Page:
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Photo made and donated by Samuel Nothstine
Photo made and donated by Samuel Nothstine

Substance Treatment

Considerations related to FASD in Substance Treatment Programs

The U.S. Substance Abuse and Mental Health Services Administration (SAMHSA) has sponsored a significant amount of research and programs to determine what helps someone who experiences an FASD and addiction. See this document for recommendations for quality programs.

What are the Issues as to why individuals with FASD are not serviced well in alcohol and substance abuse programs? Here is what we know:

  • Adults are more likely to have no formal FASD diagnosis
  • Adults with FASD are less likely to attend and complete inpatient and/or outpatient treatment
  • Adults with FASD in substance abuse programs experience significant cognitive, behavioral, health, and learning difficulties, including problems with memory, attention, cause and effect reasoning, impulsivity, receptive language and adaptive functioning difficulties

What interventions can be used to promote sobriety among individuals with FASD in substance abuse programs?  Here is what we know about an  “FASD-Informed Approach”

  • Use first person language (person with an FASD, not that ‘FASD or addicted person’)
  • Use clear, concrete, simple language, one instruction or step at a time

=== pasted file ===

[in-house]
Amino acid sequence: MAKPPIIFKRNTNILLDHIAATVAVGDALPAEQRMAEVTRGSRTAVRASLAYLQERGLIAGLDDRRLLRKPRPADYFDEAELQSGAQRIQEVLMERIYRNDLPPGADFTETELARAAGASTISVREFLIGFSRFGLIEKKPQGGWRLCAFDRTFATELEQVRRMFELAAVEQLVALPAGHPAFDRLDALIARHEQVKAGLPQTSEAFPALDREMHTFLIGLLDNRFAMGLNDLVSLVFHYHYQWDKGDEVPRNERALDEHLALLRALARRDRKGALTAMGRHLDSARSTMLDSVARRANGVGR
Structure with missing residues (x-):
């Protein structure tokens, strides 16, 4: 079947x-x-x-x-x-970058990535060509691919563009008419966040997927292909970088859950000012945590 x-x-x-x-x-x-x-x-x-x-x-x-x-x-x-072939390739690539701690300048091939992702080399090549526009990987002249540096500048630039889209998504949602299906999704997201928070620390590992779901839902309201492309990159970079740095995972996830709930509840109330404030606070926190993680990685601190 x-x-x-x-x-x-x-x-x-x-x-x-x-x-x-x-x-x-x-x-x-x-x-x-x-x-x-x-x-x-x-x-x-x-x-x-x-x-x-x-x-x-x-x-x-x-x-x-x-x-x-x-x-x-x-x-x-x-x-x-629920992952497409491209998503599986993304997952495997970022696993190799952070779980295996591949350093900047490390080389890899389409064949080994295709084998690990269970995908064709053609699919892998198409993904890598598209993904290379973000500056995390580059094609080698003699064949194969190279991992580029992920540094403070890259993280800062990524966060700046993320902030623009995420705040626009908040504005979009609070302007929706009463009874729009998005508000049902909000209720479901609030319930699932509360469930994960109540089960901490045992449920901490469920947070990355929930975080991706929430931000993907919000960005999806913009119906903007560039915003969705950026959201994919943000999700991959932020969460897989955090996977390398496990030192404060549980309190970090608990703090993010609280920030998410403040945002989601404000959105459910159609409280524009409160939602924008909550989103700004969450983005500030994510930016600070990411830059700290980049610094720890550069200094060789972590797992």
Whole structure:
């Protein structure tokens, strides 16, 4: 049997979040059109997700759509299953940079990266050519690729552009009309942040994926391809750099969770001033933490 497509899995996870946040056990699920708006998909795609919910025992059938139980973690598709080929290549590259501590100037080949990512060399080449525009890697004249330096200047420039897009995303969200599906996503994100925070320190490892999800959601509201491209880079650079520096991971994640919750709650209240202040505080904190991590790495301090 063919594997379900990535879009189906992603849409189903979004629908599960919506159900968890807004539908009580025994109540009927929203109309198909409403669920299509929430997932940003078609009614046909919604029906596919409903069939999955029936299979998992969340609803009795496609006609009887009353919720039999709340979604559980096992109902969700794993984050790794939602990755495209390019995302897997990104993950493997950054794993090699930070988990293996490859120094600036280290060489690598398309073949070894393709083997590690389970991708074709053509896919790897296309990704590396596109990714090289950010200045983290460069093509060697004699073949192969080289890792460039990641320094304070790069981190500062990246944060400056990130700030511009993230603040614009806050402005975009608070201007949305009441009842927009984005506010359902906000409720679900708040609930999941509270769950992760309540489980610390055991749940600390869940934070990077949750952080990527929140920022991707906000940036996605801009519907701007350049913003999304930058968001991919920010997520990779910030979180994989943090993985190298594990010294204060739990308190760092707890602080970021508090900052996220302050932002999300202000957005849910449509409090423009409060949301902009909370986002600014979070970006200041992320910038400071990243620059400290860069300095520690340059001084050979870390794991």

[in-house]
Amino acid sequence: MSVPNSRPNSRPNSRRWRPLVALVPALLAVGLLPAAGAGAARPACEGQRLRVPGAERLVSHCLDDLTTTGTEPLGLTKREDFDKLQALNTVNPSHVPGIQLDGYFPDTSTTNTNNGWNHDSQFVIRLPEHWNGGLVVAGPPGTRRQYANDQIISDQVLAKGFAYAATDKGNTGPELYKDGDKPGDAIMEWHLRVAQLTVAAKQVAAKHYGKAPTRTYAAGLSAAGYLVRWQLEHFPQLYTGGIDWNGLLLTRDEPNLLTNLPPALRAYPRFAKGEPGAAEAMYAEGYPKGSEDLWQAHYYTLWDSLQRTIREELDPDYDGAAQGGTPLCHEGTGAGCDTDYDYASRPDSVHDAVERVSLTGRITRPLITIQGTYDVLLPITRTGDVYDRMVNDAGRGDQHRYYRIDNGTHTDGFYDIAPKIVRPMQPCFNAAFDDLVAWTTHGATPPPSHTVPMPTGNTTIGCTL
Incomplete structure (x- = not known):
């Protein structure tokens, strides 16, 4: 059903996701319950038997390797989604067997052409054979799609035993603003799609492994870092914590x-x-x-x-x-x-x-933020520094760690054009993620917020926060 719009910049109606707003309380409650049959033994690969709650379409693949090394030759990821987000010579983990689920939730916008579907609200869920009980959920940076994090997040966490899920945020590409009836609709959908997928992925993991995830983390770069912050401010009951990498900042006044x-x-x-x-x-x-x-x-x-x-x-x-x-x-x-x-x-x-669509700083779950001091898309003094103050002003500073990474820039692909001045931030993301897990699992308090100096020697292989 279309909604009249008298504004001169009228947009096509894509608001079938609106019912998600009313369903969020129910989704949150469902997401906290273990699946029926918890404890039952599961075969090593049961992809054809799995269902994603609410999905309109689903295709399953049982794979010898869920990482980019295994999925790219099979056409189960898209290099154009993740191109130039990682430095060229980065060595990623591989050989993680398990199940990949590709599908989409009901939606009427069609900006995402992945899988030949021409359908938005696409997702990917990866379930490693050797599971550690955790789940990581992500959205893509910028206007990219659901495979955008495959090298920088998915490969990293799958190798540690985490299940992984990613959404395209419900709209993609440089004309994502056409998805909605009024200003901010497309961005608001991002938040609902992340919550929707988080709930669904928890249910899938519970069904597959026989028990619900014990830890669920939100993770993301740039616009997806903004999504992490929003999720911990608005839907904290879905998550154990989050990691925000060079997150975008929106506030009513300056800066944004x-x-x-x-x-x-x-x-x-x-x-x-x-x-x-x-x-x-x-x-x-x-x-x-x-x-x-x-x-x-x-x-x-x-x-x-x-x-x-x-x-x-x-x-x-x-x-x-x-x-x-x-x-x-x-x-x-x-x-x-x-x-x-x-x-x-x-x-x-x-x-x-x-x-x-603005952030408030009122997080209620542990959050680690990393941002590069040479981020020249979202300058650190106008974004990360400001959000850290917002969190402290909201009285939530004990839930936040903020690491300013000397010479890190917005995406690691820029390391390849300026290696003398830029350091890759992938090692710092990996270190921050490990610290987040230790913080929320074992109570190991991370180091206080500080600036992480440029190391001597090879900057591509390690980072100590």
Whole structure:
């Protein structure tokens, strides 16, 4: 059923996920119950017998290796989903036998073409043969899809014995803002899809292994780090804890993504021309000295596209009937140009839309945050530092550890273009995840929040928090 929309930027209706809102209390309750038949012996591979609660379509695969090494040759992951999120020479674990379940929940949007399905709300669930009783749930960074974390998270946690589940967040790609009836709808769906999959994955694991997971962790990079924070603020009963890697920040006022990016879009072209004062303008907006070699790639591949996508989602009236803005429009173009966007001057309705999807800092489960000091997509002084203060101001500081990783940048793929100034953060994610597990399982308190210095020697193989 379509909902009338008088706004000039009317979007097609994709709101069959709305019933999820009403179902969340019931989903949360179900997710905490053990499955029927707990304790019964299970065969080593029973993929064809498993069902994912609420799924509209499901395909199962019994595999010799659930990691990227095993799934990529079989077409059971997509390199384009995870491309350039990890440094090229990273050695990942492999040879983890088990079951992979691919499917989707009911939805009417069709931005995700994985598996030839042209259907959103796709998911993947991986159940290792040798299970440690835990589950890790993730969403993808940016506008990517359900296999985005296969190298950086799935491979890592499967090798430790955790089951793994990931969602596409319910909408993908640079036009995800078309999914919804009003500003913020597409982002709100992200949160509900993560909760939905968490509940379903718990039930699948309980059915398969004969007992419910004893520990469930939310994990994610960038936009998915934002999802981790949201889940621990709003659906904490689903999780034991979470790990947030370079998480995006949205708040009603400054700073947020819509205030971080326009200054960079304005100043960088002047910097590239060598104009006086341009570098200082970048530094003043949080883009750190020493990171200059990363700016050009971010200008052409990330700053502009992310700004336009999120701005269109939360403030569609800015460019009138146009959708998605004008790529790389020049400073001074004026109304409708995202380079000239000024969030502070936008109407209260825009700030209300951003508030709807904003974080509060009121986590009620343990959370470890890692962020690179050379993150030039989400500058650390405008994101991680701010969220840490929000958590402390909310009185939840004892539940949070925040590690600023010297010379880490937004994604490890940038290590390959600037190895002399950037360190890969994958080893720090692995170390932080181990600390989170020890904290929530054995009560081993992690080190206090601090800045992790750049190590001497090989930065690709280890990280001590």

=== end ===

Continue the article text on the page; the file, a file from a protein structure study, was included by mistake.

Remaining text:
• Check for true understanding and literacy level
  • Create a safe space for them to be open, honest about what they are experiencing
  • Use modeling, coaching, and hands-on learning techniques
  • Set goals/objectives and/or tasks in small, achievable steps

What substance abuse treatment accommodations and interventions can be used to promote sobriety among individuals with FASD in substance abuse programs?  Here is what we know

  • Use flexibility and an individualized approach
  • One-to-one and outreach focused
  • Holistic approach- think FASD is a ‘whole body’ condition, brain is different but body may be as well
  • Be consistent in scheduling (same day, same time, etc.)
  • Involve the family and support people (as they can help to be the needed ‘external brain’)

What Physical Environment-Related FASD-Informed Accommodations can be considered? Here is what we know

  • De-clutter physical environment of visual distractions (fluorescent lights or noise may bother them, bright colors/objects might distract them)
  • De-clutter physical environment of noise/auditory distractions (ticking clocks, etc. may distract them)
  • Use visual aids to help them retain information better
  • Have a calm, quiet space for interviews or meetings
  • Allow the person to seek movement or use a fidget when needed (they may need to do this to pay attention)

For an excellent summary of accommodations that are helpful for individuals with FASD go to this article about the impact of prenatal alcohol exposure on addiction treatment.


Step Away is a stand-alone alcohol intervention app (developed by researchers at UAA) that helps a person with an alcohol use problem manage their drinking privately and effectively.  It helps a user:

  • Gain awareness of their problem and develop motivation to make a change
  • Set a goal and receive continual feedback on their progress
  • Learn new strategies for managing drinking triggers
  • Get help with cravings, stress and anxiety
  • Set up a support team and call on them when needed
  • Set up customized features that reflect their patterns and preferences